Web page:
Furthermore, there is an importance difference between unique users and active users. As anyone in the content business knows, attracting unique users is hard, but converting them to active users who return to the brand is even harder. Pandora has over 200M uniques, and over 70M actives. It is fair to presume that many of Apple's 11M uniques were engaged in experimental listening. The three-month build-up to iOS 7 and iTunes Radio, following Apple’s WWDC announcement in June, naturally created some degree of must-try anticipation. No data are available as to whether Pandora experienced a listening dip over the weekend. But whether it did or not, it is reasonable to assume that Pandora and Apple are sharing uniques. Some of them will probably become unglued from existing Pandora habits. But it’s also reasonable to assume that with Apple’s colossal iOS 7 footprint (e.g. those 200M activations, with more to come), some of the 11M uniques are first-timers dipping their toes into the currents of internet radio for the first time. Those might be users that Pandora will never acquire ... or never would even absent Apple's gravitational field.

Music streaming is not a one-winner business, any more than the mobile ecosystem industry consolidates around a single dominant player. However, carrying through that comparison, major-league internet listening will probably boil down to two, three, or four preeminent platforms, surrounded by a cloud of smaller indies. If that’s how it plays out, it will in retrospect be unsurprising that Apple, with its intense user trust and equity in the music and mobile businesses, took a giant first step.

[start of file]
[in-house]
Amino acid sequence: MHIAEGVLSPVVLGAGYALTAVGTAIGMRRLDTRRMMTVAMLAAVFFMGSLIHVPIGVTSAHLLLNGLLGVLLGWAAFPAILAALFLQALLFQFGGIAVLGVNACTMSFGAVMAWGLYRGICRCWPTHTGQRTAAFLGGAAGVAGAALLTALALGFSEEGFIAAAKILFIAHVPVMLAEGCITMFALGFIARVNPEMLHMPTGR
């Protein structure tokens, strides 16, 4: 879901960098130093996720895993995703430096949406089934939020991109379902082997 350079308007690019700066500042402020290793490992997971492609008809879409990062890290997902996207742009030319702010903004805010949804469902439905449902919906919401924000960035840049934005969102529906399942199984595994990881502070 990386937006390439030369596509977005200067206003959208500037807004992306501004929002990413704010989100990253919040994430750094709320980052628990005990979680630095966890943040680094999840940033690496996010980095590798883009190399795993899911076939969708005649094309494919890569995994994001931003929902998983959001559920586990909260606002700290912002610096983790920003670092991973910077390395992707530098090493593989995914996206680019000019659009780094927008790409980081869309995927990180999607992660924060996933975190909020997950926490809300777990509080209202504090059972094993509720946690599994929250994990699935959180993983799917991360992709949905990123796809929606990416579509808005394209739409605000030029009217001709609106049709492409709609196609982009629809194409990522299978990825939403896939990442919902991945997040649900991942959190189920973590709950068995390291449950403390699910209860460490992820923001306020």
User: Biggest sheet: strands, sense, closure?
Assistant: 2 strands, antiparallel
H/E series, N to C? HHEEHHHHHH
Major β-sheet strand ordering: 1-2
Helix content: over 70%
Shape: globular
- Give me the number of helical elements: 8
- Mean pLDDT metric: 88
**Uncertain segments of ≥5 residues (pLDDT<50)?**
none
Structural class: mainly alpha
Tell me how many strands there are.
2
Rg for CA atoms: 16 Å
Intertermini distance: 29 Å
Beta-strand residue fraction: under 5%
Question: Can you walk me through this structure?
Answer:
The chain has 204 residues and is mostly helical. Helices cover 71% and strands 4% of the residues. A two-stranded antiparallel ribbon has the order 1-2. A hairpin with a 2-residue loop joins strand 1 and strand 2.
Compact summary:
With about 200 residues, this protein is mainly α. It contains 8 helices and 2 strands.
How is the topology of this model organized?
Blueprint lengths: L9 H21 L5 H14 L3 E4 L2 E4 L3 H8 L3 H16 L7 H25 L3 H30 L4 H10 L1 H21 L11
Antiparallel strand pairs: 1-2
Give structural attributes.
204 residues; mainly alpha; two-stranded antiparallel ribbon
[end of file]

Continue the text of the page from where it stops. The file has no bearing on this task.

It might be worth noting that on Monday, Pandora stock (ticker: P) skidded from its Friday close of $26.99 to yesterday’s final price of $24.26, a plunge of just over 10 percent. There can be no certain connection between Apple's strong start and the precipitous one-day decline of P stock, of course. But Wall Street is no less reverberative than the media business.

Brad Hill
September 24, 2013 - 12:10pm

As jubilantly announced on its public blog (“Hello Argentina, Taiwan, Greece and Turkey -- Spotify here!”), the interactive streamer has expanded its reach. With the addition of those four, Spotify now distributes its desktop and mobile app experiences in 32 countries. The deal is standard Spotify: free, ad-supported desktop listening, a subscription tier to eliminate the ads, and a higher sub plan for mobile streaming and downloading.

Here are the international ranges of other music listening platforms:

  • iTunes Radio: U.S. only Xbox Music: 22 countries (free streaming available in 15)
  • Google All Access: 11 countries (U.S., Australia, added nine European countries in August)
  • TuneIn Radio: 80 countries and territories (see here)
  • iHeartRadio: U.S. only
  • Pandora: three countries (U.S., New Zealand, Australia)
  • Rdio: 31 countries
  • Rhapsody: 17 countries (some non-U.S. apps are branded as Rhapsody-owned Napster)
  • Slacker: U.S. and Canada
  • Songza: U.S. and Canada

As a counterpoint to the relentless regional agnosticism of internet radio (notwithstanding streaming broadcasts featured on TuneIn and iHeart), you might want to read remarks delivered by FTC Commissioner Ajit Pai (PDF) at last week's Radio Show luncheon. In his speech, Commissioner Pai held forth on the value of localism, before discussing revitalization of the AM band.